• It is a race to the bottom. Look at any media created using advertising as its single source of revenue: broadcast TV and radio being great examples. The need for growing profits forces companies to expand margin by reducing costs. The content gets cheaper and cheaper, and worse and worse, audience declines, and things spiral.

As I’ve written before, there are four sources of revenue for podcasters (and they are 1. Advertising, 2. Listener-sensitive revenue--everything from merch to event tickets to subscriptions, 3. Derivative rights--making your IP into a book, movie, board game, course material, etc, and 4. Institutional support--when someone pays you, gives you a grant, or underwrites your production).

Yet for the past few years, all the media conversation about podcasting has focused on ad revenue. Endless articles and posts have pondered at what point podcasting would become a billion dollar industry. What they are really asking is when podcast advertising will reach a billion dollars, as when you include other revenue sources, we likely passed a billion-per-year several years ago.

But out of all the potential non-advertising revenue sources, subscriptions pop way ahead. Just as advertising can lead you to pursue behaviors that aren’t in your long-term best interest, subscriptions can point you towards behaviors that are definitely in your long-term best interest.

Let me explain.

I come to this conversation just a few years out from a career in public radio, which pioneered listener contributions four decades before the first person asked, “What the hell is a podcast?” Someone could write a book (or a pretty substantive newsletter) simply focusing on the lessons that podcasting could learn from their public radio cousins about routinely receiving money from listeners who don’t have to give it to you. Seriously, there is so much institutional knowledge embedded in public radio around pledge/membership/listener contributions that could save podcasters years of false starts and ill-fated experiments.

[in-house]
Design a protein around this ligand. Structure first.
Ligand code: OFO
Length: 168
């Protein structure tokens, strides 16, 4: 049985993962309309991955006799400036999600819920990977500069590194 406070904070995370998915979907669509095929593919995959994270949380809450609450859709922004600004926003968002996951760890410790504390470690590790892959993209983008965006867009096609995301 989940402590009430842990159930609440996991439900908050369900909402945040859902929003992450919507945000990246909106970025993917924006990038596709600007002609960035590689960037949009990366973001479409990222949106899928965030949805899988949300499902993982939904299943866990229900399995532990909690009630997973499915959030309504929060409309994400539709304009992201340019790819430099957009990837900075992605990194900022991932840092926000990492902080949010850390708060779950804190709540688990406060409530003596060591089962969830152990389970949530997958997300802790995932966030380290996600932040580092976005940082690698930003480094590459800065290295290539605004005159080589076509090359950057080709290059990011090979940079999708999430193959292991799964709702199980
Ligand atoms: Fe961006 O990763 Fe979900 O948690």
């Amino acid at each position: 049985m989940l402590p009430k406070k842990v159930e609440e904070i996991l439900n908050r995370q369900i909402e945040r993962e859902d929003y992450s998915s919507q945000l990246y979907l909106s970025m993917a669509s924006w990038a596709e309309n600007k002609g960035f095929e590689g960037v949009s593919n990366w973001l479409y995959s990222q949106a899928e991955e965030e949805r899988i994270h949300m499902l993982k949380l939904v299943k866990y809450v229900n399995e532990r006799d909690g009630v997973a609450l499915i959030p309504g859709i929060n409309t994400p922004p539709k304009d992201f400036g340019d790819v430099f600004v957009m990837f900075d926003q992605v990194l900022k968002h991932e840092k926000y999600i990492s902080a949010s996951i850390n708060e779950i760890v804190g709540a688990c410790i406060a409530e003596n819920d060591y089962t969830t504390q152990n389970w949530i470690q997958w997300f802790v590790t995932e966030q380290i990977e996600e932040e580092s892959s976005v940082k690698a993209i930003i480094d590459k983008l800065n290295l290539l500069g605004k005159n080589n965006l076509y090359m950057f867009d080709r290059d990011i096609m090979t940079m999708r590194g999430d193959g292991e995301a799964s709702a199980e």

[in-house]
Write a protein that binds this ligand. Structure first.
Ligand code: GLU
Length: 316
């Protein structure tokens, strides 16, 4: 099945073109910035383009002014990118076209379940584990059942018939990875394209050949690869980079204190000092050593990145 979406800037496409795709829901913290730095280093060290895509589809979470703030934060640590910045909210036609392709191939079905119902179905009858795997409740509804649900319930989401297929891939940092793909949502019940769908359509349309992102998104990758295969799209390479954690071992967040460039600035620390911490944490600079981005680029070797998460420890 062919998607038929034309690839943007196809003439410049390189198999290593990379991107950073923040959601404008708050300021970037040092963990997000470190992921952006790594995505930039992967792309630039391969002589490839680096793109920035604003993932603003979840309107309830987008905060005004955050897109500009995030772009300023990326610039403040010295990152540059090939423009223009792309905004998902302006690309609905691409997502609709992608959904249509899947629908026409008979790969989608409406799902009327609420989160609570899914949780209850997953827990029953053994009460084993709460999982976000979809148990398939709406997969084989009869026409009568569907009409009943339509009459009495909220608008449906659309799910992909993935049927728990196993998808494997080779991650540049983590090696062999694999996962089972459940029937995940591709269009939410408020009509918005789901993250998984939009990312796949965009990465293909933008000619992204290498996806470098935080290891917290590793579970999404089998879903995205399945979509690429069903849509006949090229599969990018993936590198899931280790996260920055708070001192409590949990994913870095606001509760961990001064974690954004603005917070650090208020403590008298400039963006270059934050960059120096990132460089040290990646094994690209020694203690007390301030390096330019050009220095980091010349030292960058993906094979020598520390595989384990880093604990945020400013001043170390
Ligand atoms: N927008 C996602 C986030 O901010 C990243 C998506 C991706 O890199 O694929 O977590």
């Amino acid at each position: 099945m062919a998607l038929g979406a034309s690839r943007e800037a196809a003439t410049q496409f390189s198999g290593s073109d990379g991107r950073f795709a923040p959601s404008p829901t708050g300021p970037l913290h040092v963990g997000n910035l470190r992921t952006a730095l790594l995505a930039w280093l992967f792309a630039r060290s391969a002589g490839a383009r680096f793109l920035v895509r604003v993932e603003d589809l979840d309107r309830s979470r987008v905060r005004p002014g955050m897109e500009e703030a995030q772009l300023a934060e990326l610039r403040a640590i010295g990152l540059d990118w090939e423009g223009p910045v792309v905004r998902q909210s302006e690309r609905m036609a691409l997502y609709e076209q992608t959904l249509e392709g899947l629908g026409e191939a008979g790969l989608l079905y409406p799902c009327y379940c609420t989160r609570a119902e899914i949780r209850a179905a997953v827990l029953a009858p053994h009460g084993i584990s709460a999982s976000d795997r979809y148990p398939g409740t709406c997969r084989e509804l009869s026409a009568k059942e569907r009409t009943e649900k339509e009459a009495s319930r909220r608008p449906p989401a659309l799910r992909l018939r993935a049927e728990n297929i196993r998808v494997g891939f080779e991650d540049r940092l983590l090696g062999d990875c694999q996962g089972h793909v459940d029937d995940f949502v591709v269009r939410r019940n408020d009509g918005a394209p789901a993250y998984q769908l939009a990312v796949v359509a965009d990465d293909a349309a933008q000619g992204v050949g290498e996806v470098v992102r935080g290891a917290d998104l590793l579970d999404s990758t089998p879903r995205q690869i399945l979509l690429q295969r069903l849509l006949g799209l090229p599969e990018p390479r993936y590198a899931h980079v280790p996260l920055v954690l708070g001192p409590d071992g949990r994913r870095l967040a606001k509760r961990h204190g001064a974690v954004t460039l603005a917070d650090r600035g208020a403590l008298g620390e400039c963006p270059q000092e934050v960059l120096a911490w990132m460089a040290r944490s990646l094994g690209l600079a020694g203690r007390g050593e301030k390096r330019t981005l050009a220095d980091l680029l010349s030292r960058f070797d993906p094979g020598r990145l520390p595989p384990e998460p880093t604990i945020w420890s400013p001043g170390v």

Perhaps I’ll write more on this later, but let me hit on a few things that public radio can teach us at this moment:

Contributing listeners stick with you. You might think that when the economy gets lean, giving and subscriptions would go down. Weirdly, they usually go up. As public radio has proven over the years, the listener needs to understand the importance of their contribution to your work. When times are tough, listeners get this, and show up for you by supporting you directly. A terrific example of this just happened earlier this week, when Glenn Greenwald threw some shade at Charlie Warzel about the “slow start” to his newsletter. Charlie reports that he ended up getting thousands of dollars in subscriptions, just because Greenwald was giving him grief. When you need your listeners, they will show up for you too with subscriptions. In fact, played right, listener subscriptions can be your most stable, valuable, and growing revenue source.

You are beholden to your benefactor. I mentioned this earlier as a weakness, but it can also be a strength. Who do you want to work for? Some idiot selling mattress ads or your audience? You want to be beholden to your audience. And that perspective shift keeps you making really positive decisions across the board.

The ask is so, so, so, so critical. Great, there will be a button there to subscribe. Some people will click it all by themselves. Terrific. But after that initial flush of newness and excitement, you are going to need to ask them to subscribe. When you do, focus on the importance of that contribution and, this may seem odd, less on “what they get” and more on what you’ll use the money for. Will subscription income pay for additional content, hiring more producers, taking on a big project?